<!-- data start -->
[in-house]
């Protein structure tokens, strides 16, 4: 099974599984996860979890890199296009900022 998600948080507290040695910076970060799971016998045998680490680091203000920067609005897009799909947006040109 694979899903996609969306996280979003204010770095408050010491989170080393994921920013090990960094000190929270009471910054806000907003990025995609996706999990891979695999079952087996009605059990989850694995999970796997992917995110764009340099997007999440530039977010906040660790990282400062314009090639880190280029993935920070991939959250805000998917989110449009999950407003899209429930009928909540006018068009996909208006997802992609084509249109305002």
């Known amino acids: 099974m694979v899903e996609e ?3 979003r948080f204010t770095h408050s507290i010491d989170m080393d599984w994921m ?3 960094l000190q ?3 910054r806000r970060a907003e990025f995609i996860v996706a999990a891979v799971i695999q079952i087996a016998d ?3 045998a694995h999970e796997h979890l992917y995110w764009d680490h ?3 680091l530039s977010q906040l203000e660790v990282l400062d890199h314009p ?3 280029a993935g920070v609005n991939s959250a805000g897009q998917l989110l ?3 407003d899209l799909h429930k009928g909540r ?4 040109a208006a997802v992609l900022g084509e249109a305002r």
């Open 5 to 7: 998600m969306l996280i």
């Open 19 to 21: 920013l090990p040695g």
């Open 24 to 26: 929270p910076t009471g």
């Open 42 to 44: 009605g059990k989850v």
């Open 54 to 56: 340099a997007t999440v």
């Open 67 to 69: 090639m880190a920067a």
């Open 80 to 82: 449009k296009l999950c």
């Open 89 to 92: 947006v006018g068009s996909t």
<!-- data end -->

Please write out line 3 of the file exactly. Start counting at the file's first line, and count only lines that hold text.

């Known amino acids: 099974m694979v899903e996609e ?3 979003r948080f204010t770095h408050s507290i010491d989170m080393d599984w994921m ?3 960094l000190q ?3 910054r806000r970060a907003e990025f995609i996860v996706a999990a891979v799971i695999q079952i087996a016998d ?3 045998a694995h999970e796997h979890l992917y995110w764009d680490h ?3 680091l530039s977010q906040l203000e660790v990282l400062d890199h314009p ?3 280029a993935g920070v609005n991939s959250a805000g897009q998917l989110l ?3 407003d899209l799909h429930k009928g909540r ?4 040109a208006a997802v992609l900022g084509e249109a305002r």